Tuesday, June 15, 2010

Who installed the decision making software in YOUR brain?

A friend and I went for a walk today along the Rio Grande trail in Aspen. It was a lovely walk, and as usual, we fell into conversation that eventually wound around to talking about life, our goals, our happiness, our plans.

While we were talking, we started to talk about how much it costs to be a ski instructor. There are dues, clinic fees, exam fees, tryout fees, travel fees, she spends thousands of dollars a year in training.

I mentioned to my friend that at that moment, there is a decision process here. At some point, you have to decide if what it costs to apply for this job is worth interviewing for the job. If at some point the cost outweighs your desire to interview, then you are right, its not worth it. If you still want to interview even though it costs a prohibitive amount of money, you will find a way to find the money and get there.

It reminded me about the post I wrote about boundaries. At some point, even though you THINK you want to be involved in something, you may even feel SURE you want to be involved in it, there may come a time when you realize you have reached a boundary, one you thought was further out than it is.

It is smart, it is important, it is wise to be aware of these boundaries and to listen to them. If we don't listen, we tend to loose our sense of self preservation and just push through, sometimes right off the edge of a cliff. You saw the sign, you ignored it, you pushed through anyway, and the consequences are dire.

Sometimes, its important to look very carefully at those boundaries. Why are they there? Who put them there? Are you sure that obeying that boundary is in your best interest, or are you doing what society tell you is normal and right to do?

My friend asked me, "Kate, do you have any boundaries like this? Because it doesn't seem like you do."

Here is what I told her.

I am absolutely dedicated to the pursuit of becoming. My goal in my life is to perform to my potential as a human. To become who I might become, to remove impediments on the path to becoming.

Skiing is an avenue that I'm walking down while I'm becoming, but it could have been anything, it could have been fly fishing or painting, or under water basket weaving. I am very careful about looking at the boundaries I bump up against and checking to see why they are there. Am I not doing something because of fear? And if so, why is that fear there? Is this fear something I need to confront and move through? Or is this fear an indicator I should listen to?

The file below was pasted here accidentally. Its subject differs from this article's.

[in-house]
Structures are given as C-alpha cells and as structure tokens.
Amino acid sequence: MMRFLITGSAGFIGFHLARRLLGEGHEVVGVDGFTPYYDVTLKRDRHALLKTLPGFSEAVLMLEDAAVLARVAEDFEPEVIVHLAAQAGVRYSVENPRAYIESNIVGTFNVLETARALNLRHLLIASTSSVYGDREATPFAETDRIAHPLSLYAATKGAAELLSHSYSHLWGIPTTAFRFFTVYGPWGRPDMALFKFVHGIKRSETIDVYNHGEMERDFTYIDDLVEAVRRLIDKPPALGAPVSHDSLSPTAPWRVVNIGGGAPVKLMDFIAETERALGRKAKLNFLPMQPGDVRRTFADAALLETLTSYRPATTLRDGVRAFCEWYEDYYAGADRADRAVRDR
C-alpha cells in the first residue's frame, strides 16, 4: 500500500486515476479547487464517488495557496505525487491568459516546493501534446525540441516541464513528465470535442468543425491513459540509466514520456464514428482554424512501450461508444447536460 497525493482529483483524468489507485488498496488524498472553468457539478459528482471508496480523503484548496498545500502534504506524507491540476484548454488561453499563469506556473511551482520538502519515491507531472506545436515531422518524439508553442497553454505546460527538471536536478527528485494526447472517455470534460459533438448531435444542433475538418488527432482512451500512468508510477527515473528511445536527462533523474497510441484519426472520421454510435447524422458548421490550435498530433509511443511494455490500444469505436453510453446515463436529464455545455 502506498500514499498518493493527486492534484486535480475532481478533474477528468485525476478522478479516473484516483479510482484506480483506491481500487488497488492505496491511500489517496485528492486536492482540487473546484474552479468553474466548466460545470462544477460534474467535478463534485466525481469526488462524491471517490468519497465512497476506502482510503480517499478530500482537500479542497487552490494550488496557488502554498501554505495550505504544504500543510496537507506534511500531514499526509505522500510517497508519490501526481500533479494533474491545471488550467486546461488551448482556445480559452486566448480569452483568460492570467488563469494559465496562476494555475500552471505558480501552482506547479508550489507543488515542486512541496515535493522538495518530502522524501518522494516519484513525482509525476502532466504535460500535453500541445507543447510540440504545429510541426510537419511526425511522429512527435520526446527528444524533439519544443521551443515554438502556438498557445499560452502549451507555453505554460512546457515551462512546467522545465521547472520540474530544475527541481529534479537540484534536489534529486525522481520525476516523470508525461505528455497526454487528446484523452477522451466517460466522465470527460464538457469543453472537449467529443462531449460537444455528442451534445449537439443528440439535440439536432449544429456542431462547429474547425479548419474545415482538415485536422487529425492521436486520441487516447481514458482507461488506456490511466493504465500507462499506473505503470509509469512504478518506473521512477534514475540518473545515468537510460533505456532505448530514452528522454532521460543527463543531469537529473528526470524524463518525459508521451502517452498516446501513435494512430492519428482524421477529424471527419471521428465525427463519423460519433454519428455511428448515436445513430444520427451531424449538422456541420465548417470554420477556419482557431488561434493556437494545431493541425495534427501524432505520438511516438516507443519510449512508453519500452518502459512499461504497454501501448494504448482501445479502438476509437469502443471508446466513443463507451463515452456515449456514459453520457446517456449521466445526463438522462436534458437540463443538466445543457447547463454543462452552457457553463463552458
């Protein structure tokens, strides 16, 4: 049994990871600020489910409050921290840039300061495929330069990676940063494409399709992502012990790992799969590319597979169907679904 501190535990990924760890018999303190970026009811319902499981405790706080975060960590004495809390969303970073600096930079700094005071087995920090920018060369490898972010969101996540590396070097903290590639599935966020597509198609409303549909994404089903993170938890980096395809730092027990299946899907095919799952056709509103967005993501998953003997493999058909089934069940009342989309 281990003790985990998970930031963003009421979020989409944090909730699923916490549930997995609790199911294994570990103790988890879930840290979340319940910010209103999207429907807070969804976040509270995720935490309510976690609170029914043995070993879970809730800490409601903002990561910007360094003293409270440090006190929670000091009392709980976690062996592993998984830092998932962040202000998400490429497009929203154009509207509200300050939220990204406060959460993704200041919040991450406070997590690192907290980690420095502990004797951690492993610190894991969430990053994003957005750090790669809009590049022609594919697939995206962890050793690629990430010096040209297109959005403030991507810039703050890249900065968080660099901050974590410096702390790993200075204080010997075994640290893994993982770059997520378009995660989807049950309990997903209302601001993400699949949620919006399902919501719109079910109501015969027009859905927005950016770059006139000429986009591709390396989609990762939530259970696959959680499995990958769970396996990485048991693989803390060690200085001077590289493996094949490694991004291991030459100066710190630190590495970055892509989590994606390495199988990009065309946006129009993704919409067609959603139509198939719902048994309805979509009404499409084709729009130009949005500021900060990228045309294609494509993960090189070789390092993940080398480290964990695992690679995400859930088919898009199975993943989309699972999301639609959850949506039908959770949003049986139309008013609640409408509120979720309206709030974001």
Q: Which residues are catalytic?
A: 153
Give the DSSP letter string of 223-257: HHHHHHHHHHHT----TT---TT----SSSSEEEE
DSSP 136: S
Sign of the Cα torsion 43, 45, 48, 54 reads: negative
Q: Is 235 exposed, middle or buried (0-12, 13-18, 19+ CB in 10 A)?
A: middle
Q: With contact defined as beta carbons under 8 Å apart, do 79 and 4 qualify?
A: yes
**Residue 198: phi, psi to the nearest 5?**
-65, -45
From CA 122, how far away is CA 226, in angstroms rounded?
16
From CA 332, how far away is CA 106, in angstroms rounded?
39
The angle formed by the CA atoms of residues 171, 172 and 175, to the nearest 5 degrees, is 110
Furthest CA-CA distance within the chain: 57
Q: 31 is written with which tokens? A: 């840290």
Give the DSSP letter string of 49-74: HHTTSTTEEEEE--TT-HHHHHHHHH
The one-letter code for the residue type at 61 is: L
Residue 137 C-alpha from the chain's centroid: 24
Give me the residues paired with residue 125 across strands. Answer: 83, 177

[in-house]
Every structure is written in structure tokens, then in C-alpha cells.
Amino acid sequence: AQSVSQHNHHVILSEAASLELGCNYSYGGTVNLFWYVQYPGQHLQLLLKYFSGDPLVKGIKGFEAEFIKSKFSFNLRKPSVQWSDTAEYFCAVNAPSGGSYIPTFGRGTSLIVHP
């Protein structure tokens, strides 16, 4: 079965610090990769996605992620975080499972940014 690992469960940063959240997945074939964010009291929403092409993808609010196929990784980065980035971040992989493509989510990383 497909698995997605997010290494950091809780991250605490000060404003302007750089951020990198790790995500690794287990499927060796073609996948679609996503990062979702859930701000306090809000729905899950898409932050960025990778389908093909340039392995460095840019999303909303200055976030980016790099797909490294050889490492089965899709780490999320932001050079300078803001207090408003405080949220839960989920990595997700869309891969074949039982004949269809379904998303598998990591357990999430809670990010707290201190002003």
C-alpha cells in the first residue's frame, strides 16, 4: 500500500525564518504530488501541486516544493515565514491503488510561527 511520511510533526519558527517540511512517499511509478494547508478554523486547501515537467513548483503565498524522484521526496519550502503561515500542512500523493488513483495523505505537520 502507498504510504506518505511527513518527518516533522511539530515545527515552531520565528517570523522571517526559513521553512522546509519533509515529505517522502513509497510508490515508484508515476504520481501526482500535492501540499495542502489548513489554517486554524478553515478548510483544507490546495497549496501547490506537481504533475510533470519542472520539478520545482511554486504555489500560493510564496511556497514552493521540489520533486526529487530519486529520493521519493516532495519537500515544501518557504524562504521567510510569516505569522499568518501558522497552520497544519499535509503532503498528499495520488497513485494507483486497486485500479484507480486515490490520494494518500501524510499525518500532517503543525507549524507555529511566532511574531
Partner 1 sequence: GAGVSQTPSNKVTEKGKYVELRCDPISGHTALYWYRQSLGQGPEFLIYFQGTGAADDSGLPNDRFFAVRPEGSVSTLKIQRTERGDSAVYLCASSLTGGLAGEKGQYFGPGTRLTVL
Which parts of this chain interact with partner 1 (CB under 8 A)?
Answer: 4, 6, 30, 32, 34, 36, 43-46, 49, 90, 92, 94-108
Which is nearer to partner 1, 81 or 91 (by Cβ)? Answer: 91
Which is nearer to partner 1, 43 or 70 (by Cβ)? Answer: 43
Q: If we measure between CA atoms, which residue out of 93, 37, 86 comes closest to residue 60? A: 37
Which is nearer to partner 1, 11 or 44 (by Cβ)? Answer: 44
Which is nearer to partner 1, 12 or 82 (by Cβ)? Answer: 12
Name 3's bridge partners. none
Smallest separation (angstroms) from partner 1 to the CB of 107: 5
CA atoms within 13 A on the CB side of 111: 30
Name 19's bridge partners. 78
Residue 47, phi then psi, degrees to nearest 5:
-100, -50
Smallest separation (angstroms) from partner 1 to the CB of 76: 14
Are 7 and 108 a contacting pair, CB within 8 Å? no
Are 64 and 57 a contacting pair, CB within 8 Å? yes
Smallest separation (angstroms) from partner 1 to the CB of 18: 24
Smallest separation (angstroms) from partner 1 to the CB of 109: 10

Seven years ago, I did the scariest thing I think I will ever do in my life. Seven years ago, I faced a boundary of fear that I had shied away from dozens of times when I was growing up.

My stepfather was an incredibly frightening, abusive man. He terrorized my two sisters and I for twenty six years. During those years of abuse, I learned a lot of ways to keep myself safe. When I couldn't keep my body safe, I left my body and kept my mind safe. Our minds are amazing at coping, at creating little work arounds.

Seven years ago, when I was pregnant with Bodhi, I made the decision to confront him. To take the abuse we were all living with and make it public. This was scary for a couple of reasons; I wasn't sure what he was going to do. He has a violent and unpredictable temper, I had learned early not to provoke it if I could help it. I was afraid that I was going to lose my mother. I was afraid that she wouldn't believe me, or that if she did, she wouldn't be strong enough to leave him.

I had to decide that those choices were hers, I could not affect anything or anyone other than myself, and I knew I could not let this abuse continue. The tragedy of abuse is that it is a silent cycle of power. Because of fear and shame, its always kept under the rug, and the silence is complacency, which fuels space for the abuser to continue. Eventually, victims become abusers, or marry abusers, and their kids suffer the same fate.

Pregnant with Bodhi, Ethan not yet two years old, I knew it had to stop now. Sexual abuse is about power, not about gender. And I knew that no matter what the cost, I had to protect my kids from him. I would not allow them to become victims, I would not hobble their potential as people because I was to afraid to tell someone in my life that he could not touch me that way. That my body was my body. I could not fail my children that way.

I lived with fear for several weeks after I made the decision to confront him. I had to tell myself that it was appropriate that I feel fear, because this was a scary situation. When the day finally came and I drove with my husband to the therapist's office where my step father was going to be, I was more afraid than I have ever been. But I also knew that feeling that fear did not mean that this was something I should not do. It meant that this was a scary thing to do. In fact, the scarier it felt in my core, the more I knew I needed to do it, because I knew that fear that I felt was his, not mine. It was something I was taught to feel about him, by him. And I didn't want to be ruled by it any more, and I never wanted my kids to feel it.